Since 2010, 500 Startups has seed-funded Internet startups focused on usable design (designing functional user experience), customer-focused metrics (acquiring happy engaged users and data), and online distribution (strategizing across key search, social, mobile, and email platforms). As of April 2012, 500 Startups had invested in 257 companies, including Wildfire Interactive, which was co-founded by Swiss entrepreneur Alain Chuard and acquired by Google, as well as TaskRabbit, Twilio, and, which was acquired by Intuit.

In exchange for approximately 5 percent of the company, 500 Startups typically provides funding of $25,000 to $100,000, though the equity it receives may be different if other investors have already backed the startup. In exchange, startups get access to a global network of more than 120 mentors, who give talks as part of the weekly accelerator curriculum, provide 1:1 mentoring, and are otherwise available to help and guide the startups. In addition, startups get office space in Mountain View, California, for three to six months.

And who are the rock stars among startup accelerators?

Accelerators, such as Blackbox Mansion in Atherton, just north of Stanford University, present the international startup community with yet another option. Blackbox Mansion helps non-U.S. startups to bring their products and services to the global market. It is a one-of-a-kind living-and-working space for entrepreneurs hosting regular events, such as co-founder dinners, hacker meet ups, and multiple pool—ehm, networking dinner—parties. Startups are allowed to stay for up to three weeks at relatively reasonable standard rates. In addition, Blackbox Mansion holds several two-week residential “Blackbox Connect Programs” each year offering crash courses in the business culture of Silicon Valley.

Rocketspace, with alumni such as the car service Uber and the online shoe warehouse (acquired by Amazon in 2009), is another important accelerator for international startups that want to work next to other highly ambitious entrepreneurs in downtown San Francisco. Innovation agencies from various European countries, which we’ll discussed later, collaborate with Rocketspace to take advantage of their various offers for startups.

San Francisco-based i/o Ventures is another early stage startup program with up to five companies per three-month session. It focuses heavily on mentorship, working closely with founders beginning with product launch and sharing proven methods for product scaling, revenue growth, and fundraising. i/o Ventures tends to focus on Web services, client software, digital media, and gaming; it usually invests $25,000 in exchange for 8 percent of the company.

Not-for-Profit Accelerators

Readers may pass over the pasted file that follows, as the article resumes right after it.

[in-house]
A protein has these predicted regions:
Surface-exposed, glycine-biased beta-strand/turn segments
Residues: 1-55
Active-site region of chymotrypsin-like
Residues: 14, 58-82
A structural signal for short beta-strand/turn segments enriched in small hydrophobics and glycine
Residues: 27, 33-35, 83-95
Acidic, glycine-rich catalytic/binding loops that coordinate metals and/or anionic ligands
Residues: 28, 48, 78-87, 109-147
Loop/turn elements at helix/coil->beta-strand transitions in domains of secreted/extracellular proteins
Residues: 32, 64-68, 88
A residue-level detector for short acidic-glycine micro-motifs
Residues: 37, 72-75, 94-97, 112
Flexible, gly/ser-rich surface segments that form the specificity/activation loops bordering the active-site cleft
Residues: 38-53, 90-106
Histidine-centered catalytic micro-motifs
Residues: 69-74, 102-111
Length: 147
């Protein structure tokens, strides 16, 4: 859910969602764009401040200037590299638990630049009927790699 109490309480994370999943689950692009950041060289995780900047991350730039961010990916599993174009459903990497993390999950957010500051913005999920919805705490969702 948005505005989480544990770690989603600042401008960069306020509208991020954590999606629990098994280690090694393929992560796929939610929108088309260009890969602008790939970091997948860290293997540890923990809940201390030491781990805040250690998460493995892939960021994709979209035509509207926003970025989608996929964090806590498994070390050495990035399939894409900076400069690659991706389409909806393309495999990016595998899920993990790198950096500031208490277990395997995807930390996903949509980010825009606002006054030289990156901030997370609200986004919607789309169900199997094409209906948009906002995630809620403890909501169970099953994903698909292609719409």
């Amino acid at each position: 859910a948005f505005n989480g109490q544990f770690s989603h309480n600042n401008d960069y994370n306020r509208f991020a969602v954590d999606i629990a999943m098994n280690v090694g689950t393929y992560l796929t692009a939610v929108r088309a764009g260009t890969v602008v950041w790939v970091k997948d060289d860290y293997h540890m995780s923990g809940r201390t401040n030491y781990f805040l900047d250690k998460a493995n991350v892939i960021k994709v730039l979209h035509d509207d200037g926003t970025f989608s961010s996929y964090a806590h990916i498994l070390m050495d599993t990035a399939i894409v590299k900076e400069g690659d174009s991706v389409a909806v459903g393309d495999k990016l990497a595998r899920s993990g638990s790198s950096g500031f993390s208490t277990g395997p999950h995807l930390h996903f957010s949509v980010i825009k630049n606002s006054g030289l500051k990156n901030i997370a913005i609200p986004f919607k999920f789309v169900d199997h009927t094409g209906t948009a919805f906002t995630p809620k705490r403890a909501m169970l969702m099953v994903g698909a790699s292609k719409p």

The list of startup incubating models would not be complete without mentioning another category: the not-for-profit accelerators.

In January 2012, the University of California, Berkeley, launched Skydeck, an engineering- and MBA-focused accelerator for digital businesses, in collaboration with Lawrence Berkeley National Laboratory and several other partners. At Skydeck, participants include undergraduates, postdocs, recent graduates, and professors.

At the other end of San Francisco Bay, a nonprofit program at Stanford University called StartX is in its second year of operation, and so far has helped launch 60 startups. StartX gets funding from private companies and Stanford Student Enterprises. Advisors and sponsors have included AOL, which provides office space, Greylock Partners, General Catalyst Partners, Khosla Ventures, Charles River Ventures, and Asset Management Company, with numerous other law firms, banks, and technology companies providing resources as well.

StartX takes 10 to 15 companies at a time for three-month sessions. It provides technical resources as well as $5,000 in free legal fees, a $5,000 stipend for founder living expenses, and accounting and banking resources. The emphasis is on education to teach entrepreneurs how to best tackle challenges. The success rate of StartX has been spectacular so far: 85 percent of the companies supported by StartX have successfully raised funding, totaling more than $88 million at an average of $1.42 million per company.

In contrast to for-profit incubators, neither Skydeck nor Stanford’s StartX takes equity in participating startups.

Soft landing

Many foreign countries have launched “soft landing” programs in the past few years, including the Spain Tech Center, Innovation House Norway, Innovation Center Denmark, Mind The Bridge (Italy), German Silicon Valley Accelerator, and of course, swissnex.